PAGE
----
* AMERICAN SKIPPER, KIP STONE, WINS THE 5OFT MONOHULL CLASS TAKING 13 HOURS OFF THE EXISTING TRANSATLANTIC RACE RECORD…
* FIRST AMERICAN VICTORY SINCE PHIL WELD WON THE 1980 EDITION OF THE RACE…
* FRENCHMAN DOMINIQUE DEMACHY FINISHES THIRD IN THE 50FT MULTIHULL CLASS EARLY THIS MORNING…
* THIRD AND FINAL AMERICAN SKIPPER IS EXPECTED TO FINISH LATER TODAY…
See the official Omega clock showing race time http://www.thetransat.com
American skipper, Kip Stone, in his very first solo offshore race has won the Open 50 monohull class on board ‘Artforms’ – it is a spectacular performance from a sailor who until competing in The Transat had not raced solo before. Stone has also earned in place in the history books as the first American to score a victory since Phil Weld won the 1980 edition of the race on board his 51ft trimaran ‘Moxie’ in 17 days, 23 hours and 12 minutes.
Stone crossed the Boston Harbour finish line at 18:20:27 GMT yesterday evening (15.6.04) in an elapsed time of 15 days, 5 hours, 20 minutes and 27 seconds at an average speed of 7.66 knots. To compare, Stone has finished ahead of four Open 60s still racing and only one day slower than the Open 60s finishing in 6th, 7th and 8th place, sailed by skippers who have graced the podiums of major solo events.
Stone was welcomed home by his family and employees from his Maine T-shirt company, Artforms, which he grew into a successful company – successful enough to fund his dream of racing solo in The Transat. Stone launched his new Open 50 Artforms designed by Mervyn Owen last September and then sailed her solo from New Zealand to the UK which gave Stone the opportinity to get to know Artforms inside out – obviously, this has reaped big dividends.
In the early stages of The Transat, Kip Stone fought for the lead with fellow New Englander Joe Harris on board Wells Fargo-American Pioneer. Not more than 60 miles separated the two of them as they traded first and second place. Finally, Stone got a grip of the lead when on day ten, Harris seeing that he was losing miles to Artforms, dived south in search of more wind. Unfortunately, for Harris this did not pay in the way he hoped and Stone went on to increase his lead day by day until approaching the finish in Boston, he had built up an incredible 260 mile lead.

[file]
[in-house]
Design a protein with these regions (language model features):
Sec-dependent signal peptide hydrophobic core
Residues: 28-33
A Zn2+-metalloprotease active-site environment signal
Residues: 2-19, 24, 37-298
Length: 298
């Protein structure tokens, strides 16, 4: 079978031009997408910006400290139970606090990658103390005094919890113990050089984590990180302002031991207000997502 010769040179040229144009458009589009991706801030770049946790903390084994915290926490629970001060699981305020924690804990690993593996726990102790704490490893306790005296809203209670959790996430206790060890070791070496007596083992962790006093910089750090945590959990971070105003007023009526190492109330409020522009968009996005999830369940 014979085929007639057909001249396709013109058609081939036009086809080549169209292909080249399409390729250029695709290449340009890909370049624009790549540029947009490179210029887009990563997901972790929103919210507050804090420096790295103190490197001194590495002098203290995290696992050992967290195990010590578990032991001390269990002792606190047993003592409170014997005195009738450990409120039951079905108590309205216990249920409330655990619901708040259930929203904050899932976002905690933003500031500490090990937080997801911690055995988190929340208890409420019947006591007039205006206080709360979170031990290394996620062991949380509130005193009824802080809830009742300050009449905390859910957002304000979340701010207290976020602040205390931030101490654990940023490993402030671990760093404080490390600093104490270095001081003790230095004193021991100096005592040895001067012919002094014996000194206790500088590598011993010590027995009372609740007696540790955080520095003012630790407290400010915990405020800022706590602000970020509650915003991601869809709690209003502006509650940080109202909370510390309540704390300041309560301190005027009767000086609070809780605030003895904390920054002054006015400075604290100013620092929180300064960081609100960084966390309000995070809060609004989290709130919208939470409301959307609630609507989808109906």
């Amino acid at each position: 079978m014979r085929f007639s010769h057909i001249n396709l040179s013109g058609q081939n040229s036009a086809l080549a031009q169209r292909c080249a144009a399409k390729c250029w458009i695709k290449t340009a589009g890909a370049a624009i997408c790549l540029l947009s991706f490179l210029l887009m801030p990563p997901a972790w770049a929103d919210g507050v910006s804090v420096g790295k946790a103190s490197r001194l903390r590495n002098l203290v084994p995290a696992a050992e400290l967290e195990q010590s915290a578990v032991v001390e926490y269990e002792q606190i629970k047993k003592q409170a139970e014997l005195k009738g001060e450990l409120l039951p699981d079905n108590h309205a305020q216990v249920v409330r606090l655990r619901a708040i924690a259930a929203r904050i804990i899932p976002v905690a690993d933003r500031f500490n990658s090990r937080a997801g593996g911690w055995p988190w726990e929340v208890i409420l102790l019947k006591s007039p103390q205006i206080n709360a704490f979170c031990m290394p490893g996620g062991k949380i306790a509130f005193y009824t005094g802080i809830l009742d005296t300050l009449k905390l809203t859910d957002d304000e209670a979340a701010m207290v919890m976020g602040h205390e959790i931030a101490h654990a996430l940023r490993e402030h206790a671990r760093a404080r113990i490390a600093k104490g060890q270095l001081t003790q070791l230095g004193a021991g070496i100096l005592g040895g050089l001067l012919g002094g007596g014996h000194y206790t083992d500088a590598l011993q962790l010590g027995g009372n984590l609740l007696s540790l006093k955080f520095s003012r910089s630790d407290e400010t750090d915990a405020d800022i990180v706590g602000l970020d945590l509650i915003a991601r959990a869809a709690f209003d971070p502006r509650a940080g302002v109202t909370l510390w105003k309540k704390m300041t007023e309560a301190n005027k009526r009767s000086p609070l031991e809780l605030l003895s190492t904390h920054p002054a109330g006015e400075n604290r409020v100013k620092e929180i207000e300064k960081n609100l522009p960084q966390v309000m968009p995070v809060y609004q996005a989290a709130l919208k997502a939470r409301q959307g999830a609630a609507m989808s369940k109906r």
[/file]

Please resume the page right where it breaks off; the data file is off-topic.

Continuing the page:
In setting this pace, Stone has taken a good 13 hours off the transatlantic race record of 15 days, 18 hours, 29 minutes set by 60ft multihull skipper, Giovanni Soldini, in the 1996 race.
In the 50ft multihull class, French skipper Dominique Demachy on board his Erik Lerouge designed GiFi claimed third place crossing the finish line at 0203 GMT this morning in a time of 15 days, 13 hours, 3 minutes and 56 seconds – finishing a little over 35 hours after French winner Eric Bruneel on Trilogic who set a blinding pace in this race that no one else could match.
For Demachy, though, it is a huge achievement in his first solo transatlantic race. If it was not for a career, selling consumer household goods for a company called GiFi, Demachy may have started his solo professional racing career many years ago. But 15 years later, having grown the company from three shops to 250, Demachy realised he could afford to buy himself a boat and pursue his long-standing dream.
Demachy raced tenaciously to battle for second place in the 50ft multi class with American skipper, Rich Wilson on Great American II, for much of the 2800 mile course. By the end of day four, Demachy went into second following the retirement of class favourite Franck-Yves Escoffier on Crepes Whaou !, 40 miles ahead of Wilson. The boats went far north, and Wilson furthest north at 52 degrees, got ahead of Gifi by the afternoon of day six but two days later as Wilson moved south, Demachy took control. At times only 10 miles separated the boats and Demachy held on to second until positions came through at 1300 GMT on 11.6.04 that showed Wilson, now south of Gifi, had moved into second place. Wilson would not cede this position and with little opportunity to pass as they closed on the US east coast, Demachy had to settle for third place.